Blue Willow

Holidays usually translate into family gatherings, and when families gather there are meals to be shared. The focus is usually on the food that is full of traditional offerings and everyone’s favorite. What is used to serve the food is often a second thought. Those plates are filled with the delicious food, washed when emptied, and then put in the cabinet till the next family gathering.

MaplewoodPressBlueWillow

 

As a child I was a dreamer. Everything I noticed I made up a story to go with it. One particular everyday item that fueled my daydreams was my Maternal Grandmother’s go-to fancy dishes. They were the Blue Willow patterned dishes. By the time I came along (one of thirty grandchildren), her set was starting to dwindle and it was used less and less. Most of the time the dishes remained on display in her precious china cabinet. Being the nosy child, I would wander about that big old house, looking at all her “antiques”. I was constantly drawn to those Blue Willow dishes.

I knew nothing about exotic locations, or Asian designs, or pottery for that matter. But, I did know cartoons and fanciful thoughts. That was what that pattern was to me. For starters, it was a beautiful color: a rich blue against the white, with such interesting pictures within pictures. The longer you stared at it, the more you saw.

My imagination went wild!

MaplewoodPressBlueWillow1I wanted to know who would dwell in that fancy garden by the arched bridge, where willow trees bend down, and birds fly above? Who are those guys walking on the bridge with fins for legs and carrying fishing poles? Wait, one looks like he has a surfboard? Where is that boat going? What kind of birds are those?

 

 

 

Not knowing the answers or even caring to find out, I made up storyline after storyline in my head. Plots and subplots. Each time I visited my Grandmother and gazed upon those dishes, I became more and more attached to my secret world that existed inside her wood and glass cabinet. MaplewoodPressBlueWillow3

 

 

 

 

 

 

When my Grandmother died, the cabinet and dishes were passed onto one of her unmarried daughters. When she died, there was an attempt to sell the dishes, but my relatives were told they were not rare enough, or in good enough condition to be worth much.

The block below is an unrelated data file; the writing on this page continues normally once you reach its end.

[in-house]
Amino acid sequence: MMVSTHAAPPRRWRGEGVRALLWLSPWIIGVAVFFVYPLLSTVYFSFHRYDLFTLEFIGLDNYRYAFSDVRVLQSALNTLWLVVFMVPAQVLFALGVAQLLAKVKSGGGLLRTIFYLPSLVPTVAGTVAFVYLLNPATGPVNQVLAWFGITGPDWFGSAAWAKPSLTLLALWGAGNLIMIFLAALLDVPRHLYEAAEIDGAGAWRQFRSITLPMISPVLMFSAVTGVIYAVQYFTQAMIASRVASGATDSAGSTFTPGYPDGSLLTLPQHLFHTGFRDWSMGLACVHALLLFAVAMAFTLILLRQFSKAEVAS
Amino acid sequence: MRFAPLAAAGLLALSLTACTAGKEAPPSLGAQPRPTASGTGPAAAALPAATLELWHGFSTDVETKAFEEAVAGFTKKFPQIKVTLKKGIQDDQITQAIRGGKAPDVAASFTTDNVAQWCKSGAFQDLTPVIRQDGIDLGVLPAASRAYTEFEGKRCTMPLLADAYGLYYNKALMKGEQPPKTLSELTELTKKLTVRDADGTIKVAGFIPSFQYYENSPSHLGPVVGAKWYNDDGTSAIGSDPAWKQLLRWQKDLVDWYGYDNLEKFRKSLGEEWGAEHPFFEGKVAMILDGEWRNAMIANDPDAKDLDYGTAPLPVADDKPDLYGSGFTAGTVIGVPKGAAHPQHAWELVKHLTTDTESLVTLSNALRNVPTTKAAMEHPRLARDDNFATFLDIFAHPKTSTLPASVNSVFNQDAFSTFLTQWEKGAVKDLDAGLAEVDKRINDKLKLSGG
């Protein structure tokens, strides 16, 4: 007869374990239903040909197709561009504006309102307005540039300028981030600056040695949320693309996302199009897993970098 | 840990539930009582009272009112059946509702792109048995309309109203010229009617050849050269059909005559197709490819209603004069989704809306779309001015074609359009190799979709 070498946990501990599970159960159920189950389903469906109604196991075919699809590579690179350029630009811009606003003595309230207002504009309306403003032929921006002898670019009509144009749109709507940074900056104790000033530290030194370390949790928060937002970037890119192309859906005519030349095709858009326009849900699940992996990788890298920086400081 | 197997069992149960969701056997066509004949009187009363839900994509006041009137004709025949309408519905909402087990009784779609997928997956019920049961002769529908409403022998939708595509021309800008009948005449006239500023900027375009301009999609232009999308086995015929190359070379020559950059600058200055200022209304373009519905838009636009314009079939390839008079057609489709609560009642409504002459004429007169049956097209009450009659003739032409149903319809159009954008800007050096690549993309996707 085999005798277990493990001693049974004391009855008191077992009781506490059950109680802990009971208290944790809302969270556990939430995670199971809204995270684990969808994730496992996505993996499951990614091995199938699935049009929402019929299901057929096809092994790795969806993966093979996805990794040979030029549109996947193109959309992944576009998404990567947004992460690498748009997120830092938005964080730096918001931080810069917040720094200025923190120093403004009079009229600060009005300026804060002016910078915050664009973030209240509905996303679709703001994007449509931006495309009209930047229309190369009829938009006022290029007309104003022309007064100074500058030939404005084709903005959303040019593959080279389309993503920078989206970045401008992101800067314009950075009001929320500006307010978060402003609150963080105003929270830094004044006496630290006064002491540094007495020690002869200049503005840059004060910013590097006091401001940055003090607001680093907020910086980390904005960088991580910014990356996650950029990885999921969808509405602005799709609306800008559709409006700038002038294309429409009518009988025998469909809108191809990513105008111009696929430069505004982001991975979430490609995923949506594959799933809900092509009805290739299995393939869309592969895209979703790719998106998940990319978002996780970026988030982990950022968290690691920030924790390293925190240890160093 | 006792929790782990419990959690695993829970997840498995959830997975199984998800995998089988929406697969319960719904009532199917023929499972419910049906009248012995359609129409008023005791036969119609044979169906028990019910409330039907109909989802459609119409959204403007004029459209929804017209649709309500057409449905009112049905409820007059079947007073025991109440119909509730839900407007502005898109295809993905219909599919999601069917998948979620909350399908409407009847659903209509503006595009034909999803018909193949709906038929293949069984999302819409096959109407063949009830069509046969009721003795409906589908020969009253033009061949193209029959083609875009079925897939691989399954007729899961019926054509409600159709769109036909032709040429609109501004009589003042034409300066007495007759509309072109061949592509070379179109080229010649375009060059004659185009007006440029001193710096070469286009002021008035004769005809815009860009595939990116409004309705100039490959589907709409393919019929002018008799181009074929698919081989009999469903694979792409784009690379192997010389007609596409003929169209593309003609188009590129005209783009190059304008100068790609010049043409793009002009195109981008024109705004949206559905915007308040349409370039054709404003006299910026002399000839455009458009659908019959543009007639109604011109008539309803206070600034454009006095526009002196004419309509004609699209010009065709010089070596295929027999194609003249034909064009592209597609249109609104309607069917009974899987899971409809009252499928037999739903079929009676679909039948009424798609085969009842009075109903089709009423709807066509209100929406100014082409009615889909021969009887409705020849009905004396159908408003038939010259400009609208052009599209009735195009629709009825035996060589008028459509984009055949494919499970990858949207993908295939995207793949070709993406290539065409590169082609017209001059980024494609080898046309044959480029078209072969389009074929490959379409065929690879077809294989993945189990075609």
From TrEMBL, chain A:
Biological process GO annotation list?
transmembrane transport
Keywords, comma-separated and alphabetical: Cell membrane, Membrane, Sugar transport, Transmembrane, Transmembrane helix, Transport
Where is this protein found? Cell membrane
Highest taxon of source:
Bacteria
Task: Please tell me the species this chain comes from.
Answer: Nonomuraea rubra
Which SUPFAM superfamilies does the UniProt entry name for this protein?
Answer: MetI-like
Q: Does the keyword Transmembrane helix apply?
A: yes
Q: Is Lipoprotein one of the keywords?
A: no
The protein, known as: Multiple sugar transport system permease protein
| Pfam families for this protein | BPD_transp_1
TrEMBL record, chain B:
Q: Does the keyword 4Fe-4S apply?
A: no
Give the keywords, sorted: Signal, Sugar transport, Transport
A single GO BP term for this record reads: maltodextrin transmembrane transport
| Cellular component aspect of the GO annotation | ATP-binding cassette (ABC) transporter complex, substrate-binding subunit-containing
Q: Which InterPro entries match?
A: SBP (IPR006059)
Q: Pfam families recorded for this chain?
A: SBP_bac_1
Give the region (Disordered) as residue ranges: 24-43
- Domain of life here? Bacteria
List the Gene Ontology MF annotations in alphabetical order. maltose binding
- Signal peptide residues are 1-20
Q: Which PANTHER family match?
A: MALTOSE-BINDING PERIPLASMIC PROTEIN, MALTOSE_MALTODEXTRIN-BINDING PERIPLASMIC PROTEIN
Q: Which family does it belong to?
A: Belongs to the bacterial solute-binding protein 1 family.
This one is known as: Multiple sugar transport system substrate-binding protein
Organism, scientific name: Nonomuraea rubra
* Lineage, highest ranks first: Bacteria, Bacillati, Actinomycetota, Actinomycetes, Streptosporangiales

I overheard what was said and became sad and elated. Sad that someone would dare say her precious dishes that she lovingly served meals to her family on, were devalued, yet, happy because they needed a new home. I agreed to keep the magical dishes safe. Cabinet and all came to dwell with me

What I later learned was that the Blue Willow pattern first became popular in the mid 1800s and standardized in England. I guess I wasn’t the only one to be smitten by the design. It became a fun side game for me to look in the china cabinets of museum homes, and in period movies for “my dishes”.

Blue Willow Collection at the Red Lion Inn, Stockbridge, MA

Blue Willow Collection at the Red Lion Inn, Stockbridge, MA

 

 

 

 

 

 

 

 

 

How old are my Grandmother’s dishes? I am still working on that. I know most of the pieces were given to her by my Grandfather’s sister. I was told she started to collect more after that. On several of the pieces is a trademark from Ridgeway Pottery in England that was one of the first to produce the blue and white transferware in the early 1800s. In the 1960s the company merged into Royal Doulton. The style of her trademark may put some of the dishes being made around the 1920s.

I was never sure my sons understood my attachment to these dishes and the cabinet, until our home was overrun with flooding during a hurricane. One of my sons was home at the time and before he got himself to a higher level, he only had time to move a couple items out of harm’s way. When I returned home I found all of my first floor possessions and furniture ruined, that is, expect my Grandmother’s cabinet and china! Moving that cabinet so quickly could not have been an easy task! What a wonderful gift he gave me. I guess they do listen to my ramblings!

I have since moved the china into another cabinet so it is more on display.

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The set is not complete, and most are a tad chipped, or the glaze is cracked. I don’t mind because the beautiful color still persists, and each time I hold a piece and look at it, I am a child again thinking of the magical stories of what might be going on in that Blue Willow scene.

 

 

 

May your Spring Holiday of choice be filled with a colorful and cheery table surrounded by loving family and friends.

Atwood

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Afterthoughts:

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Is there really a legend behind the Blue Willow design?

If you do an internet search you will see there are several versions of the Blue Willow China Plate story. Most of them revolve around a girl who has a mean father who does not accept her common boyfriend. The young couple run away and are transformed into a pair of doves. There are many versions of this same plot in poetry, prose, and even a Silly Symphony by Walt Disney. You can also find YouTube videos telling the legend.

The first link is a pleasant narration that tells the whole story. The second is narrated by children with fun graphics.

https://www.youtube.com/watch?v=ot1PcsP9DjI

https://www.youtube.com/watch?v=Lj5uTZG6G90

http://www.willowcollectors.org/legends.html

http://www.thepotteries.org/patterns/willow.html

 Some Resources:

http://www.collectorsweekly.com/china-and-dinnerware/transferware

https://www.colonialwilliamsburg.com/do/art-museums/wallace-museum/chinese-porcelain/

 

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